227778 Social Justice All Around in Caregiving Relationships

Tuesday, November 9, 2010 : 10:30 AM - 10:48 AM

Marika D. Warren, PhD , Department of Bioethics, Dalhousie University, Halifax, NS, Canada
Much literature on justice and caregiving by families focuses on obligations of or to the care giver(s). This overshadows the perspective of the care receiver and contributes to the disadvantage experienced by people with disabilities by ignoring or minimizing their agency when they are care receivers. I will therefore argue in this presentation that, if health policy is to be socially just, it must reflect the perspectives of everyone involved in caregiving, acknowledging obligations of and to all parties. This provides recognition of people with disabilities as equal partners in caregiving, which helps to reconceptualize and destigmatize being a care recipient.

The so-called “burden” of family caregiving falls disproportionately to female family members and is often assumed to be a matter of private rather than public concern. This constitutes an injustice for recipients and givers of care as well as for women. I will begin with a description of this injustice and then discuss briefly the ways in which the “burdens” of caregiving are affected by social policy, just as the “burdens” of disability are in part a reflection of policy decisions. Next, I will sketch an account of obligation to create socially just caregiving relations based on Iris Marion Young's social connection model of responsibility. Finally, I will describe socially just caregiving from the perspectives of the care recipient and the care giver and outline how these perspectives could be integrated in concrete policy proposals that meet the requirements of justice for people with disabilities and their family members.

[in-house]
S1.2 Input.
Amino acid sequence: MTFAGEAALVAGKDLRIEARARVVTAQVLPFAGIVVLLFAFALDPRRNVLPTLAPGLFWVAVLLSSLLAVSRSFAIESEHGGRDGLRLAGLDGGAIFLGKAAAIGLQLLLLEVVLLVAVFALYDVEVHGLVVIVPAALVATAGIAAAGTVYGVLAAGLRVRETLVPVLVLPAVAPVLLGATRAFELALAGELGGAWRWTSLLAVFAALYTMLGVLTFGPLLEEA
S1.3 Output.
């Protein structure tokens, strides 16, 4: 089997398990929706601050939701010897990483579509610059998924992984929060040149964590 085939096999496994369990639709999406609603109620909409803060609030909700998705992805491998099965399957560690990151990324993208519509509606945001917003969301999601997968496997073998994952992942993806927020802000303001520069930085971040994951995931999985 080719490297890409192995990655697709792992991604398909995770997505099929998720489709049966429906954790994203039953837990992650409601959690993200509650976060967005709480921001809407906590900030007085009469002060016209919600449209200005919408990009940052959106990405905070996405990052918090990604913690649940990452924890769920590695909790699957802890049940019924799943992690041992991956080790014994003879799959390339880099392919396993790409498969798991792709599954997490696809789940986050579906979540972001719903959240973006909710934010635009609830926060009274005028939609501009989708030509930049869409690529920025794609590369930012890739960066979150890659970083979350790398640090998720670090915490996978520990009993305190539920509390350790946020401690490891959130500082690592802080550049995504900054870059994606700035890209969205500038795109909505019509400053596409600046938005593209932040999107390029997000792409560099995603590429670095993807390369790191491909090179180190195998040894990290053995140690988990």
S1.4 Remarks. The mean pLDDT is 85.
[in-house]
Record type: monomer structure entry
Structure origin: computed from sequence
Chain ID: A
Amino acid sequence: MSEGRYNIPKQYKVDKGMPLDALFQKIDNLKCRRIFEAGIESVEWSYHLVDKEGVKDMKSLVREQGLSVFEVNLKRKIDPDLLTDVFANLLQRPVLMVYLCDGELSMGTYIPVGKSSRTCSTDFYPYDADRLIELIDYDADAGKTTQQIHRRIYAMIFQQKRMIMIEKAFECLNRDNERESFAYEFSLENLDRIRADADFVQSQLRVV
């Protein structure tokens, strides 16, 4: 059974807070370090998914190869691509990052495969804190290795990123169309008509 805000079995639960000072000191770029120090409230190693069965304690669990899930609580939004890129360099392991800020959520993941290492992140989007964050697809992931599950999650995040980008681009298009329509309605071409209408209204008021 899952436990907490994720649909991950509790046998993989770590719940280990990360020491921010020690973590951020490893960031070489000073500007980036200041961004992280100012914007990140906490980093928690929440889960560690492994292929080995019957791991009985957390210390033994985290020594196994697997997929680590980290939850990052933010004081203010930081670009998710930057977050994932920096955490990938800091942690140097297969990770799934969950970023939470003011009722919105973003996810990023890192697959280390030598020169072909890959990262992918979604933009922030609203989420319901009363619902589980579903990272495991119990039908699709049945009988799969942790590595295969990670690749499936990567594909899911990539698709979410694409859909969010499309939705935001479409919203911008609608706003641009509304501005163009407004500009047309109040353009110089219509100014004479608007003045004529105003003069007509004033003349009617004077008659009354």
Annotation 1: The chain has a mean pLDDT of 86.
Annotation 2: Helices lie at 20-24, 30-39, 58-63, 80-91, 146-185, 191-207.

Learning Areas:
Diversity and culture
Ethics, professional and legal requirements
Provision of health care to the public
Public health or related public policy

Learning Objectives:
1. Explain why social justice requires attention to care receivers as well as care givers 2. Describe considerations that should be taken into account to create socially just policy for care givers and care receivers. 3. Evaluate policy proposals addressing caregiving to determine the degree to which they support social justice

Keywords: Caregivers, Disability Policy

Presenting author's disclosure statement:

Qualified on the content I am responsible for because: I have researched extensively questions of justice and disability, including focusing on these issues in my doctoral training, and currently I am responsible for responding to ethics needs of health care providers and health policy personnel in Nova Scotia.
Any relevant financial relationships? No

I agree to comply with the American Public Health Association Conflict of Interest and Commercial Support Guidelines, and to disclose to the participants any off-label or experimental uses of a commercial product or service discussed in my presentation.